Once more, there are ongoing changes in the personal finance space that I’ve become aware of. As someone who enjoys following innovation in the field of money, I was rather captivated by this article on Fast Company which covers not just the downfall of one promising personal finance site (Filife.com), but also takes the pulse of the financial online start up and business community.
What Happened To FiLife.com?
First, allow me to describe what FiLife was about: this site was a personal finance community that connected you with money experts and enthusiasts through questions and answers and many other forums. In a way, it was similar to another site that closed its doors, Wesabe.com.
FiLife’s content was organized as Answers (Q & A), Guides, Polls, Stories, Forums and so forth. While it was around, it struck me as a vibrant community with lots of interaction and commentary from its readers.
But here’s an interesting bit from the Fast Company story I mentioned earlier, that discussed FiLife’s closure:
Regardless of how the accusations play out, the disappearance of FiLife begs the question of why it’s been so difficult to get personal finance right on the Web. Every year, it seems, the Finovate conference bows a host of promising startups like Thrive, Wesabe, Geezeo Buxfer, Tile Financial and Rudder.
Thrive was rumored to have been shuttered in a fire sale to Lending Tree in February 2009, followed quickly by the departure of founder Avi Karnani. Geezeo dropped its consumer-facing services in January in favor of serving banks. The others — save for Mint.com — have failed to make much of a dent in terms of traffic or awareness. Why is that?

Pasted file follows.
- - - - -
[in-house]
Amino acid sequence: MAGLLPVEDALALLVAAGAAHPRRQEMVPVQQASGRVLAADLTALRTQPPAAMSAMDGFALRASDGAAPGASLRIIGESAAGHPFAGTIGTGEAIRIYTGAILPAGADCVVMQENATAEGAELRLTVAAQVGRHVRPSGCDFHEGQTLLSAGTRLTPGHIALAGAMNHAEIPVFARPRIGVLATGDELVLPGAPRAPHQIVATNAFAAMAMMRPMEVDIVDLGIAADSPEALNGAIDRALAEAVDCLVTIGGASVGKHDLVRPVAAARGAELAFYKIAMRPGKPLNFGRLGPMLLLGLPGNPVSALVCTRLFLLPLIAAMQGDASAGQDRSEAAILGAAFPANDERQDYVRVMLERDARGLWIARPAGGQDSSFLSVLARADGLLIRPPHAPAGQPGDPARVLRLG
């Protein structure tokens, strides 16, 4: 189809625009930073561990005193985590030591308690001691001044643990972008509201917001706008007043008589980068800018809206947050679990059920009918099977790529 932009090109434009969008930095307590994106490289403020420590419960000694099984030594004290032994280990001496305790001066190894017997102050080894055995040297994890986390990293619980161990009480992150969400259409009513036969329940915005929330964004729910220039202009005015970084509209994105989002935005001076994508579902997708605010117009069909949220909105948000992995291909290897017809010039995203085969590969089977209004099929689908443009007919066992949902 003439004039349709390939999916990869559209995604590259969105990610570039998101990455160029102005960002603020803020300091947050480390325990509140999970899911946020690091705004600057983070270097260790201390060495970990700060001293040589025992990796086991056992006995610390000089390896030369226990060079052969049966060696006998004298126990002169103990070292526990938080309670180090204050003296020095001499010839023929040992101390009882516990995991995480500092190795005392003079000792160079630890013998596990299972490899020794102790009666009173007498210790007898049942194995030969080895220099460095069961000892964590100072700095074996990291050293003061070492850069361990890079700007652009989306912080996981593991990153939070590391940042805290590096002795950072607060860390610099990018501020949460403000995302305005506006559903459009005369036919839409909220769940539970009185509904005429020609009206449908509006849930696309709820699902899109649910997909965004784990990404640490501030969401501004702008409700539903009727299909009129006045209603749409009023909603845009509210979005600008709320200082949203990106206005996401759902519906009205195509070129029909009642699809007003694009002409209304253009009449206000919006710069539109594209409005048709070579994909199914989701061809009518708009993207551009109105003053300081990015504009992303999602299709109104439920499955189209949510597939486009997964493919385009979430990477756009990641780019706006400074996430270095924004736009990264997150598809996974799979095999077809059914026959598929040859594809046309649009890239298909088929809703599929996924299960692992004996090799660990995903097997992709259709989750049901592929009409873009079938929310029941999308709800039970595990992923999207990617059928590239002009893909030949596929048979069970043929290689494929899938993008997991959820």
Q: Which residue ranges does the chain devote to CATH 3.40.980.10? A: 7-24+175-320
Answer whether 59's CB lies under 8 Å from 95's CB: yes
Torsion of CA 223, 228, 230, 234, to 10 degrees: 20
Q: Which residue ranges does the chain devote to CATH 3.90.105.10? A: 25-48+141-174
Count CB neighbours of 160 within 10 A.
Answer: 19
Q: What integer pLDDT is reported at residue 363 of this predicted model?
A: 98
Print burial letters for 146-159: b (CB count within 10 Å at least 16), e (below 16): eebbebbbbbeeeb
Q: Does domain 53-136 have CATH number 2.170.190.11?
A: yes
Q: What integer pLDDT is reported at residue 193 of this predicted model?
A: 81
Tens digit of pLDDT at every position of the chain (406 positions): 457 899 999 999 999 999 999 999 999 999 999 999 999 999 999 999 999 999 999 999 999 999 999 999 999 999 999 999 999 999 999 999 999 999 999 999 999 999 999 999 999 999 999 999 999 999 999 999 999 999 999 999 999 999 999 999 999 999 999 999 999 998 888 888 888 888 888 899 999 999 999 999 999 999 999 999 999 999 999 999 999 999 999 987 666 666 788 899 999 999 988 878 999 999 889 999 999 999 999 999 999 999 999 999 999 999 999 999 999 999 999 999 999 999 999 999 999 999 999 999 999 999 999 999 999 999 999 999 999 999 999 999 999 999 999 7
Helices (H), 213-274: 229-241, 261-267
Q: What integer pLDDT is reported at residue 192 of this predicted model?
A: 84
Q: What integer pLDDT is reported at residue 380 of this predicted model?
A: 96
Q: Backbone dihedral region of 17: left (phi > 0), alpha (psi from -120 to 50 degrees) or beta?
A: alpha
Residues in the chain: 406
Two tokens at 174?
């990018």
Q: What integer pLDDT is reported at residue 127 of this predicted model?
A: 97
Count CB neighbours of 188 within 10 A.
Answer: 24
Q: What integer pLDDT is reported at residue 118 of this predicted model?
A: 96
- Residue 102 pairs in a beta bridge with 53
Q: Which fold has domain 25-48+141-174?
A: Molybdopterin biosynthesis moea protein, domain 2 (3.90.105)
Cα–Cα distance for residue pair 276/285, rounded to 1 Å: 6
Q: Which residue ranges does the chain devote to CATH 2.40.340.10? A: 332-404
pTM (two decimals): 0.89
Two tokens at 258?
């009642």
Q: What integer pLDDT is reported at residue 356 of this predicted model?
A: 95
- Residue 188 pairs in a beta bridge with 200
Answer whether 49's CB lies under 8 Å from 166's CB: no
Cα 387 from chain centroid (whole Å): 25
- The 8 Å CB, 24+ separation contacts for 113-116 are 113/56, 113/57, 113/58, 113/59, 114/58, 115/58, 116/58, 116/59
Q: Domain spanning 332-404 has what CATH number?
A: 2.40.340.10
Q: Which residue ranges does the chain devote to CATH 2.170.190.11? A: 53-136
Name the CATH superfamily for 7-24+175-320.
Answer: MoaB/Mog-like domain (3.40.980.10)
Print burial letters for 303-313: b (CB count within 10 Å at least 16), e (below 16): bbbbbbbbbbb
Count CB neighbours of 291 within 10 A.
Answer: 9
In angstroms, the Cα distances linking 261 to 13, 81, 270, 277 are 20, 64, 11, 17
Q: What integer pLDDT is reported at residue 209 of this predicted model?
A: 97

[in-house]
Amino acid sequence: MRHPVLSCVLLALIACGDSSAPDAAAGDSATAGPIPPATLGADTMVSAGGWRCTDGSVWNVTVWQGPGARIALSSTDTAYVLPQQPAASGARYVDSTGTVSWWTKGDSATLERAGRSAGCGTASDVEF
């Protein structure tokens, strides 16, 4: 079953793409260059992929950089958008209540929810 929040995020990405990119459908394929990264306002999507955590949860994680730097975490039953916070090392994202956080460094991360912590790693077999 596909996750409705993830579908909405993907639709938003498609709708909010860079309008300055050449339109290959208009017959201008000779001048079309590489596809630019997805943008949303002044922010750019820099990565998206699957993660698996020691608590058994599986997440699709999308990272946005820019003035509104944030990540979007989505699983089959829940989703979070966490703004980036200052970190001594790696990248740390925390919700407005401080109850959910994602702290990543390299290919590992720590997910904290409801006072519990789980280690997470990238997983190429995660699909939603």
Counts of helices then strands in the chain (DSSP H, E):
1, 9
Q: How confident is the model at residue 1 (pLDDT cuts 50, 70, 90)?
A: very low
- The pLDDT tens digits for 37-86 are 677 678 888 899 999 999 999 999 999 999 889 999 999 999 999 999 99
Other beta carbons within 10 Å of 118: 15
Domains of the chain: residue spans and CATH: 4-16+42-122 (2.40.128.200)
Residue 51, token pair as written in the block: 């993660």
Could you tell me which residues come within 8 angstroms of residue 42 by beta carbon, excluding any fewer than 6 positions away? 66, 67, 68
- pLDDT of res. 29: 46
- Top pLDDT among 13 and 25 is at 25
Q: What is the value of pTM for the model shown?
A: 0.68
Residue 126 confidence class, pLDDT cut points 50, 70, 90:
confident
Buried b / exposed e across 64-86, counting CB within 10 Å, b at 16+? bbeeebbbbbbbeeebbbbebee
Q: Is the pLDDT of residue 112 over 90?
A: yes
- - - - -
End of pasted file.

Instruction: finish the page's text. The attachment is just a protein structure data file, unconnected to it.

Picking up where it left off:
During one Finovate event, I was fortunate enough to have had the chance to meet Avi during a dinner they hosted after the conference. Then, I discovered later that he had moved on to another project. Quite recently too, I had conversations with folks from FiLife about their plans for the year. Heck, I even had some representation in their personal finance blog competition and was keeping an eye on its progress. 😉
So I was stupefied by the knowledge that FiLife had folded. I had no inkling, especially since just a few weeks prior to their announcement, I had actually tried to pry some information from them about future plans. So I can only wish the folks who used to work there, good luck and godspeed!
The truth is, it’s not a cake walk to run a viable business online or off. Sometimes you luck out, and sometimes, despite your most honorable intentions, things just don’t take off.
Mint.com Questions & Answers Plus Other Q & A Sites
With all that, I’d like to segue into an update concerning a feature that Mint.com had up and running for a while: the Mint Answers feature, where you can ask questions and receive answers from Mint.com’s community. Interestingly, this was Mint’s answer to FiLife’s service (since the latter had the original Q & A feature as its main focus). Well, it looks like even Mint.com eventually decided to shelve this particular community feature. With this functionality getting the thumbs down, we can only conclude that the Q & A concept isn’t really recognized as much of a value-add. Or perhaps it wasn’t worth the time and effort to maintain. It looks like user-generated content isn’t a rousingly popular or supported aspect of these sites and so they’ve been phased out.
However, there are actually a few other Q & A sites I’m aware of in the personal finance blogosphere, including Mighty Bargain Hunter’s Cash Commons, Pinyo’s Moolanomy Answers and LifeTuner’s Ask A Question section. You may want to visit all these sites to see if they’re still being supported.
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